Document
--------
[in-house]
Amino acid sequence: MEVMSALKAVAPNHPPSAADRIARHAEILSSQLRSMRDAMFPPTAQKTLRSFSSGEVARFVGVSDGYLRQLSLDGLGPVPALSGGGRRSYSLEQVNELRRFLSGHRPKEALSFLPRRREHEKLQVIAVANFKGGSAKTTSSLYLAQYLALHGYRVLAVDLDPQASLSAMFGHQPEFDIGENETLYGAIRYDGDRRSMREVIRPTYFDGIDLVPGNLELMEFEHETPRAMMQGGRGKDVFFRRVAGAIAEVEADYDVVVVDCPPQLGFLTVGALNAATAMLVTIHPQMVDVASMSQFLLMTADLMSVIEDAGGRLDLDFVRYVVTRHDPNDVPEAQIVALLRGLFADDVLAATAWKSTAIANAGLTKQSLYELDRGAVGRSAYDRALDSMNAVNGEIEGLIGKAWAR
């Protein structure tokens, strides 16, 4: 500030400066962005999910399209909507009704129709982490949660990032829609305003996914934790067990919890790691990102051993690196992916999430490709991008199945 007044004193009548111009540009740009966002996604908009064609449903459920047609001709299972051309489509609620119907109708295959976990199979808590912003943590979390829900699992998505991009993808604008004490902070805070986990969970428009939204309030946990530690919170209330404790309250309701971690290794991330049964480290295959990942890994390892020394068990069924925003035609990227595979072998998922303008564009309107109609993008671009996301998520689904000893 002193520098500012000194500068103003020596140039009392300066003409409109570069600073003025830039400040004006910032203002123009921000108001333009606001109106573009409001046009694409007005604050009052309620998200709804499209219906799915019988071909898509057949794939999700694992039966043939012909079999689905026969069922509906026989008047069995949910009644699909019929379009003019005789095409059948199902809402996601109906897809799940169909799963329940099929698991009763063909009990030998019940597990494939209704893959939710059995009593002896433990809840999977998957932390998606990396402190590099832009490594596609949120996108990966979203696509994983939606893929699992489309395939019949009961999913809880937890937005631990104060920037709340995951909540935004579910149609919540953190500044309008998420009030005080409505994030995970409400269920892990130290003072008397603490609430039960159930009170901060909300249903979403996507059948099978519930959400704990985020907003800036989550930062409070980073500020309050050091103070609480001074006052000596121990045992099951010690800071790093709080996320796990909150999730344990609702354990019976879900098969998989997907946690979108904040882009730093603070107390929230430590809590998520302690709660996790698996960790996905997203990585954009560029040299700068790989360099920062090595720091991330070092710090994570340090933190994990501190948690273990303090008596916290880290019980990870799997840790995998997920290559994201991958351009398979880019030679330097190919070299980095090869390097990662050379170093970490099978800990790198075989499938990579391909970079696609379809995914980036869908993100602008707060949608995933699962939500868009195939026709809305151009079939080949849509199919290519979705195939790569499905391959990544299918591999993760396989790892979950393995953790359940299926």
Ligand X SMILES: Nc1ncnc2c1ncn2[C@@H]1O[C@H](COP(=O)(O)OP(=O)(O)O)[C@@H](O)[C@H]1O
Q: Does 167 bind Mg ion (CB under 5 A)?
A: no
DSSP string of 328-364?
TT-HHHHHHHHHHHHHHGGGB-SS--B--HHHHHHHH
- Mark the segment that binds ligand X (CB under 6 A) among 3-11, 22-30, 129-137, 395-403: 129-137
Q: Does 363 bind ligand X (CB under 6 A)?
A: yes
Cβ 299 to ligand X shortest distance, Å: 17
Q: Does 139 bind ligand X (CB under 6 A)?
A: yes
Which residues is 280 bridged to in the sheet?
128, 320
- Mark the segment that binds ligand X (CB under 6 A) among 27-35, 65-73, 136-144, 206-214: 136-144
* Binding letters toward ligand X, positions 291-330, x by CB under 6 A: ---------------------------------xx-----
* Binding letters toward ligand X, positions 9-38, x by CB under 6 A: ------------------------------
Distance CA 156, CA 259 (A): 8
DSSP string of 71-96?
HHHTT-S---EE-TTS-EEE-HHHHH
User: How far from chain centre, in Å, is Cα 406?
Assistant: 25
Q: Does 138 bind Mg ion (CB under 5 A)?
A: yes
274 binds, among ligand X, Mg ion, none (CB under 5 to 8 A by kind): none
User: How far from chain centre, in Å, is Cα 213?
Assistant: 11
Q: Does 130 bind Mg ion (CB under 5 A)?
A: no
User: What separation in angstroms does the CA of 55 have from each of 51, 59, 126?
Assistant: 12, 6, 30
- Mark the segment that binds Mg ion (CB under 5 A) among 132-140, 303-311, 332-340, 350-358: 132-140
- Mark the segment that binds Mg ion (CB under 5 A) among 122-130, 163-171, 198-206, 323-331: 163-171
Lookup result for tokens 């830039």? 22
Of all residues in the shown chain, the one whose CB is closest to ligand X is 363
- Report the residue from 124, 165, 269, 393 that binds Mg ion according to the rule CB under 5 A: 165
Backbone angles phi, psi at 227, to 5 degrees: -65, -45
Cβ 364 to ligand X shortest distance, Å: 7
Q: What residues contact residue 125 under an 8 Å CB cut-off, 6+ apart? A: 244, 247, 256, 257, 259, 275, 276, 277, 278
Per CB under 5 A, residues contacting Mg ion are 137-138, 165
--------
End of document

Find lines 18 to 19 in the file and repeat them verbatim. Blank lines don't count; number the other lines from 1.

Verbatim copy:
* Binding letters toward ligand X, positions 291-330, x by CB under 6 A: ---------------------------------xx-----
* Binding letters toward ligand X, positions 9-38, x by CB under 6 A: ------------------------------